Michael Bruce knew his industry was archaic.
Bruce, CEO of a traditional UK real estate company, found that no one was exactly happy with the process of selling a house. The traditional model meant that home sellers paid 6% to agents who maintained full control over a slow listing / selling process.
The inflated real estate storefronts remained largely unused by agents, never used by clients, with the expense passed on to the seller. The seller also experienced less than complete transparency, agonizing expectations at many stages of the process, and a general lack of control over what has remained one of the most stressful life experiences in existence.
Meanwhile, other industries were using the technology to advance or even revolutionize the consumer experience. Michael and his brother Kenny wondered if it was time to Uberize this tired industry?
Yes, and four years later Purplebricks has catapulted to $ 200 million in sales, is the UK’s largest home-selling business and Australia’s third-largest, and has now landed in seven US states, where the rate of conversion of interested sellers into actual listings is the highest of any country.
The model is decidedly disruptive. Sellers visit the Purplebricks.com website and hire a highly qualified real estate agent who will get a lump sum (away from the typical 6% commission) and put the house on the market within an hour of the disclosure. Sellers have much more control over the process, and can organize their own presentations, get immediate feedback (including knowing instantly if they’ve made a sale), and communicate directly with potential buyers – all of which takes the ‘middle ground’ out of the way. “Man” agent.
So what does the agent get out of it? They receive leads, many of them, collected through the company’s website. This means that 85% of the agent’s time is freed up to provide better service to more clients than they would otherwise have obtained (further reinforced by the territorial exclusivity granted to them). So although they only get a lump sum, agents earn more money in the end. An “everyone wins” disruption.
But Bruce didn’t always feel like he won. The founder and CEO told me about his difficulties raising funds. He thinks the doors to fundraising only opened after he went all-in and invested everything he had. Investors liked what he invested in, but they liked the fact that he had invested so much of his own money and clearly had a lot more to lose than them. This told investors no one would work harder than Bruce to make the idea work.
Bruce also had to take a major leap of faith when he initially built the Purplebricks rig. He’s not a technologist, so he had to wait nervously over a year for people with specific knowledge to deliver technology he hoped would provide the experience he wanted home sellers to have.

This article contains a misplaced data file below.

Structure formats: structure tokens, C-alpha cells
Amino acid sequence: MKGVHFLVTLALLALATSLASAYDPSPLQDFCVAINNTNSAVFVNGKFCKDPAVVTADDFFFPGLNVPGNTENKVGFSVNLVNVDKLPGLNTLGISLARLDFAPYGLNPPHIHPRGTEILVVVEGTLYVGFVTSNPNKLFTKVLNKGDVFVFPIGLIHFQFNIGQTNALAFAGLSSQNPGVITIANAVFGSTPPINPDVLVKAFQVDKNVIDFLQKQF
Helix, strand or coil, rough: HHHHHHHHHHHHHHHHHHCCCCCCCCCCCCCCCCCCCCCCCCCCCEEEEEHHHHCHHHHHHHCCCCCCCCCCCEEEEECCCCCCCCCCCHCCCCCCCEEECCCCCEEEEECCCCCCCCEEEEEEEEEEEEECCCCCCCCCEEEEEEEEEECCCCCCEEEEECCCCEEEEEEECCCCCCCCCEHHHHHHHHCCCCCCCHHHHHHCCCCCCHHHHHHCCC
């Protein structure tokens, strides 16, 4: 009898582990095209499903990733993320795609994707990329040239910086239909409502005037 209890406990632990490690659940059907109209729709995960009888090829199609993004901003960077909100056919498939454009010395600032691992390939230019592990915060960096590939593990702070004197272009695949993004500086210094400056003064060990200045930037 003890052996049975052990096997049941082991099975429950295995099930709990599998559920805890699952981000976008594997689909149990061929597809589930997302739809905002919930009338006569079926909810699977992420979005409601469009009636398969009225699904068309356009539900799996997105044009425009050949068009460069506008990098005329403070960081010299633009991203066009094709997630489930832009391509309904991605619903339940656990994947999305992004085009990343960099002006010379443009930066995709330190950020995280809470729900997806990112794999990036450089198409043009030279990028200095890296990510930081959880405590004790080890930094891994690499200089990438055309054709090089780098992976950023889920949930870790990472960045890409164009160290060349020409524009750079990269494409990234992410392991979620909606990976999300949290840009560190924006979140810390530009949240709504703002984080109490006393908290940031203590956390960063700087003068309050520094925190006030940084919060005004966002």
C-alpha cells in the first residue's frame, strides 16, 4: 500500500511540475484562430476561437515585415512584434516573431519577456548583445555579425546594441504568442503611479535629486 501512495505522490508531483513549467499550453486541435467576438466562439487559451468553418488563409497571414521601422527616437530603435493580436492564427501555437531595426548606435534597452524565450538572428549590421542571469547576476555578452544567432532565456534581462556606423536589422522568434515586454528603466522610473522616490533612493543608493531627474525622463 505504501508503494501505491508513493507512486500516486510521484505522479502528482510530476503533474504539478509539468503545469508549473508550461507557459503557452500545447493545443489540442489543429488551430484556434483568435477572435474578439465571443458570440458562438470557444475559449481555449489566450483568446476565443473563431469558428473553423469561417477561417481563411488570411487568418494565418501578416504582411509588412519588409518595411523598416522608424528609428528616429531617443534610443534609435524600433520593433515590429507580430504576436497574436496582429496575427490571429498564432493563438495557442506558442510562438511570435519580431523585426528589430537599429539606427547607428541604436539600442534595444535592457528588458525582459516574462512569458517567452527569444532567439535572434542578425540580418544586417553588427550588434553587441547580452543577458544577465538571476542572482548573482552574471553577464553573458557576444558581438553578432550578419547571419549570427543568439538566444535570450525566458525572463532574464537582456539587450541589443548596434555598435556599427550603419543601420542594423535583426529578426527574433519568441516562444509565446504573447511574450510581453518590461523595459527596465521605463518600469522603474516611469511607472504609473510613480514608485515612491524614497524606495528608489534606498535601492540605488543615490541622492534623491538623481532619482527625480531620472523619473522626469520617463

The founder also wondered if he would ever be able to get the best real estate agents, the kind who shared Purplebricks values to provide great service and big savings to the seller, and who wanted to be part of a disturbance.
Bruce took on all of these challenges, motivated by the fact that he knew he had a disruption that would lead to a better experience in something that mattered.
So how can you do the same? The CEO shared these three principles for any entrepreneur who wants to find an industry to reinvent.
1. Find the friction.
Disruption occurs when real problems with real pain points are resolved with real solutions. It may seem obvious, but far too many entrepreneurs fail to first consider the urgent need they are filling. They spend time creating the market for the solution they have, rather than creating a solution for an existing problem in the market. And you understand the depth and breadth of the problem at hand when you follow the second principle.
2. Connect with people who have the problem.
Bruce said he spent two years deeply understanding everything people love and hate about the home selling process. This included all relevant stakeholders, including sellers, buyers and agents. The deep understanding even led to an idea for publicity – advertisements that featured Purplebricks as solving the “commissry,” the misery for everyone involved that comes with paying a high commission.
3. Look for latecomers.
A telltale sign of an industry ripe for disruption is that the category is lagging behind in technology advancements in other categories. The ridesharing industry has been transformed by Uber technology, as has Airbnb for rental properties, and now Purplebricks for selling homes.
Can you find an industry that has operated the same way for far too long, without the help of technology that could provide a much better experience? If so, and one and two apply, you may have found your market to reinvent.